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Coverage of municipal elections in Venezuela hampered by government officials

The following is a roundup of information from Instituto Prensa y Sociedad de Venezuela (IPYS-Venezuela) about incidents involving journalists reporting on the municipal elections that took place in Venezuela on December 8, 2013:

On December 5, 2013, an official of the National Elections Council, the regulatory body for election processes in the country, prevented Carlos Eduardo Sánchez, journalist and correspondent for NTN24, an international news channel based in Bogotá, and his crew from entering a hotel in the city of Caracas, because they were not carrying identification as journalists. This took place as the reporters attempted to cover an event related to the municipal elections scheduled nationwide for December 8, 2013.

Carlos Eduardo Sánchez told IPYS-Venezuela that he was outside a hotel in the capital city, where they hoped to shoot a special coverage for the TV station on the municipal elections, when he saw that representatives of an observers' committee of the Union of South American Nations (UNASUR) were about to enter through the hotel's main entrance.

Sánchez approached the committee with no camera or microphone, with the intention of talking with one of the representatives, who gave him a UNASUR press telephone contact number. At the same time, two men identified as security staff for the elections council ordered the reporter to leave the premises.

The reporter stated that he got upset and angry with the hotel security staff, who ignored him when he identified himself clearly as a journalist, alleging that he was only having a chat with a committee member. Idania Chirinos, news director for NTN24, then approached the hotel with cameraman Ronald Alexander Pérez and Jaime Pijaro, a photojournalist sent especially from Bogotá, Colombia, to offer support to the reporter.

While another security staff member attempted to cover the video camera lens with his hand, a woman who identified herself as only an elections council official intervened in the discussion and prevented the crew from entering and doing any work on the municipal elections.

Sánchez said that the press crew was waiting for their credentials, since the elections council had not sent them to the TV station beforehand. He also stated that when the crew was walking towards the hotel parking lot, nine National Bolivarian Police officers arrived on motorcycles. Although the reporters left the premises, Sánchez said he thought that the agents were there to intimidate them.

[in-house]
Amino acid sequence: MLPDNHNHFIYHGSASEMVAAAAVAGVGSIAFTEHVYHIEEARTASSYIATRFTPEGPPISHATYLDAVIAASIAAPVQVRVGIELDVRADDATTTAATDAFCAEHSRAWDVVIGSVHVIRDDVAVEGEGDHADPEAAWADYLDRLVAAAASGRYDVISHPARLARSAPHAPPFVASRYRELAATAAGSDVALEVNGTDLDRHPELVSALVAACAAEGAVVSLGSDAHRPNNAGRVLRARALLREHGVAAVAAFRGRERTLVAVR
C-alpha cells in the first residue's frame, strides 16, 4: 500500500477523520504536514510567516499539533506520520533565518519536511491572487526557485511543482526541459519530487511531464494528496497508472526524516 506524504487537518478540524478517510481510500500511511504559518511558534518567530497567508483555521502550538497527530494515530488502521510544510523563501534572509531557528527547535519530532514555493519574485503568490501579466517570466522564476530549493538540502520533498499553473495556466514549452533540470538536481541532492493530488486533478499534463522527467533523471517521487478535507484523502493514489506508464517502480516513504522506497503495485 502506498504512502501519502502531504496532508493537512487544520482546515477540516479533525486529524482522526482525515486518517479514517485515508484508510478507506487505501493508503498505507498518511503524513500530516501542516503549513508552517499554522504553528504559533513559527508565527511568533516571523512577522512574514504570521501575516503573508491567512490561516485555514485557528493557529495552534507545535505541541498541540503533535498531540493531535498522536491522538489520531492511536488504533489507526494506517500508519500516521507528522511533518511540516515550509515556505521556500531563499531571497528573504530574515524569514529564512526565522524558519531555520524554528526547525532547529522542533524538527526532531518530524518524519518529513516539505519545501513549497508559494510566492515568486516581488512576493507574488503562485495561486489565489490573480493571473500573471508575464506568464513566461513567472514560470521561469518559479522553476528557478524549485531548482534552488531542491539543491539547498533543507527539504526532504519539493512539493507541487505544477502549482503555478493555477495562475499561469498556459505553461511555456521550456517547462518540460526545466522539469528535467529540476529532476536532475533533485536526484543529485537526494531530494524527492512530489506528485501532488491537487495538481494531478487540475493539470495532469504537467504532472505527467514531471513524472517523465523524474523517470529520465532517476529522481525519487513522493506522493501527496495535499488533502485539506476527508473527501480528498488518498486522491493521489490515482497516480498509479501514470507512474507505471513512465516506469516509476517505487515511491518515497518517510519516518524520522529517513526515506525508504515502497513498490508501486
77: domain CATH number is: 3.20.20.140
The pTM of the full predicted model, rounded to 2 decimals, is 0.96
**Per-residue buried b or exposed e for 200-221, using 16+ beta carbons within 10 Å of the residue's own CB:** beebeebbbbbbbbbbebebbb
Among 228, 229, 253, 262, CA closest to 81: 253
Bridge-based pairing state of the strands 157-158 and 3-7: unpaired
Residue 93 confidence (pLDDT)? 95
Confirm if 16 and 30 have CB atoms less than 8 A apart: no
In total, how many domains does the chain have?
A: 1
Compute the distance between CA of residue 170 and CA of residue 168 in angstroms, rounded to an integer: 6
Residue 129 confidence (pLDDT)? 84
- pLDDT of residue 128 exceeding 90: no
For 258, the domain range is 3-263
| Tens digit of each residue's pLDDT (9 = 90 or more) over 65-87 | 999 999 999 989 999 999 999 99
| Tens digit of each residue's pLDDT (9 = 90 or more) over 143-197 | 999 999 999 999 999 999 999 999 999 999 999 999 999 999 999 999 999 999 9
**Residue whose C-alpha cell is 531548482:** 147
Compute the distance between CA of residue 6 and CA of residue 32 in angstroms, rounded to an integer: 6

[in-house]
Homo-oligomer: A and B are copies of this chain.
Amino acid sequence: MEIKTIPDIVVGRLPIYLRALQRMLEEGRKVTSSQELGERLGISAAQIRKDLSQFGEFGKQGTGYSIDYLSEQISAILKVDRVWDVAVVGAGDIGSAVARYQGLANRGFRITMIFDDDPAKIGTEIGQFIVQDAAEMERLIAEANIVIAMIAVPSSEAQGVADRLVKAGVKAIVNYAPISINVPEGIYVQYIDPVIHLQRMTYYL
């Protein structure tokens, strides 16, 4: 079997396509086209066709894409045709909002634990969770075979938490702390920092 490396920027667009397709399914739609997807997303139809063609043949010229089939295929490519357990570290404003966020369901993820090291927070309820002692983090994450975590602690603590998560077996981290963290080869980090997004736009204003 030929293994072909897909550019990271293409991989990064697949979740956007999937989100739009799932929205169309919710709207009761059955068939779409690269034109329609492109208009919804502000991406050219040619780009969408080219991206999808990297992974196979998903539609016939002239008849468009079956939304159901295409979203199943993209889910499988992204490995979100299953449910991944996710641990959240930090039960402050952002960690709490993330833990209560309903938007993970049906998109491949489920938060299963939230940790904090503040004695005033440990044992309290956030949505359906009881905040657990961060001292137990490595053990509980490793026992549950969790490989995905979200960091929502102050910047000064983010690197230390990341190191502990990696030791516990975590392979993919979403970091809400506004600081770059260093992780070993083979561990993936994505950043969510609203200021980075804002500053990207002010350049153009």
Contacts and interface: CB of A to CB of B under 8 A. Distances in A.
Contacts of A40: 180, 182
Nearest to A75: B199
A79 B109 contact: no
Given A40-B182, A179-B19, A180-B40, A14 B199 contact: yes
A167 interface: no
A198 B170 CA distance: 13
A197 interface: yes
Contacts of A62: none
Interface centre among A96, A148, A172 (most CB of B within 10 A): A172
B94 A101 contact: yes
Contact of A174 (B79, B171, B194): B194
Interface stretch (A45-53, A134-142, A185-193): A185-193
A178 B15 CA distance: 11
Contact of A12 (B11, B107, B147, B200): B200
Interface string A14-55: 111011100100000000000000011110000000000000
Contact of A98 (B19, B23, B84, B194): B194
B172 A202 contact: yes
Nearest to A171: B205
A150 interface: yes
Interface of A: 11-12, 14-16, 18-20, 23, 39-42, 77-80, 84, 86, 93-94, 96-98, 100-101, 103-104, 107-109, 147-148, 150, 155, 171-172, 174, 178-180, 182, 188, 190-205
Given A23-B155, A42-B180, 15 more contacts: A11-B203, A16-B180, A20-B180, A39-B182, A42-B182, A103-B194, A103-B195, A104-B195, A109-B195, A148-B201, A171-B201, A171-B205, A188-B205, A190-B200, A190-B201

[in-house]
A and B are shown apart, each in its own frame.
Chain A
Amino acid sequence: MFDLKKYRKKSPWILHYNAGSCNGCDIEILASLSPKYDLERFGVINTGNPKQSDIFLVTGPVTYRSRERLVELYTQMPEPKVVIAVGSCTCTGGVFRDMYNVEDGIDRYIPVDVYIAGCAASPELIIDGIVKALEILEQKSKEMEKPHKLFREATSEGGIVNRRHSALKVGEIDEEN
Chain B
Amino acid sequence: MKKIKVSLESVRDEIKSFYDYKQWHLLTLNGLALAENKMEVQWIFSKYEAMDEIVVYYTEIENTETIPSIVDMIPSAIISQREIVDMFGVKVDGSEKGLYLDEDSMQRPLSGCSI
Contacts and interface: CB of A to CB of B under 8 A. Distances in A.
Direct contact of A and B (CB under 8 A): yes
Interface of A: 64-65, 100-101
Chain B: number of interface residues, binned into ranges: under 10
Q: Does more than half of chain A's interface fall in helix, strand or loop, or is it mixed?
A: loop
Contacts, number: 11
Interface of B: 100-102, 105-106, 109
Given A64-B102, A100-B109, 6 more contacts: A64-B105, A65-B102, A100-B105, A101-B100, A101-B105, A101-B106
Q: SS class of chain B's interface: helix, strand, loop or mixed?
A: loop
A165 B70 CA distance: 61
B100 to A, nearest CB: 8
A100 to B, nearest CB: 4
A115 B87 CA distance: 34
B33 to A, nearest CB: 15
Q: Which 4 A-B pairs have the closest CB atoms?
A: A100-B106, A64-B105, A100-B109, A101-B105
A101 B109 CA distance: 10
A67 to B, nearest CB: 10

In a separate event on December 8, officials of the Plan República, a military force in charge of safeguarding national security during election processes, prevented journalist Mariangel Moro Colmenarez and photojournalist Johana Hernández, who work for the privately-owned Última Hora newspaper based in Acarigua, Portuguesa state, from covering events at some education centers which had been set up as voting centers for the municipal elections.

Moro Colmenares told IPYS-Venezuela that in Felicia Baéz state school and Oscar Picón Giacopini national education unit, located in San Rafael de Onoto and Agua Blanca municipalities, the men in uniform told them that, as per orders from above, the press was not allowed to enter the institutions even though they were both wearing press accreditations issued by the National Elections Council.

Also on December 8, journalist Maryné Glod, who works for the national TV channel Televen as a correspondent in Táchira state, told IPYS-Venezuela that officials from the National Elections Council and the Plan República used National Bolivarian Armed Force officials to guarantee security during elections, and prevented her from fulfilling her duties as a reporter.

Glod stated that in the afternoon she arrived at the voting center at Leonardo Ruiz Pineda School. There, a large number of persons were waiting close to four hours for a problem with one of the voting machines to be fixed in order to be able to vote.

An official with the elections council told her “record this so that the people can see that people are voting”. Afterwards, an officer of the Plan República prevented the Televen cameraman from taping what was going on. The journalist told the official that she had originally been urged to film what was going on.

Another woman with the council yelled at the journalist and told her “You cannot record anything in here and if you do, you and Televen will be sued”.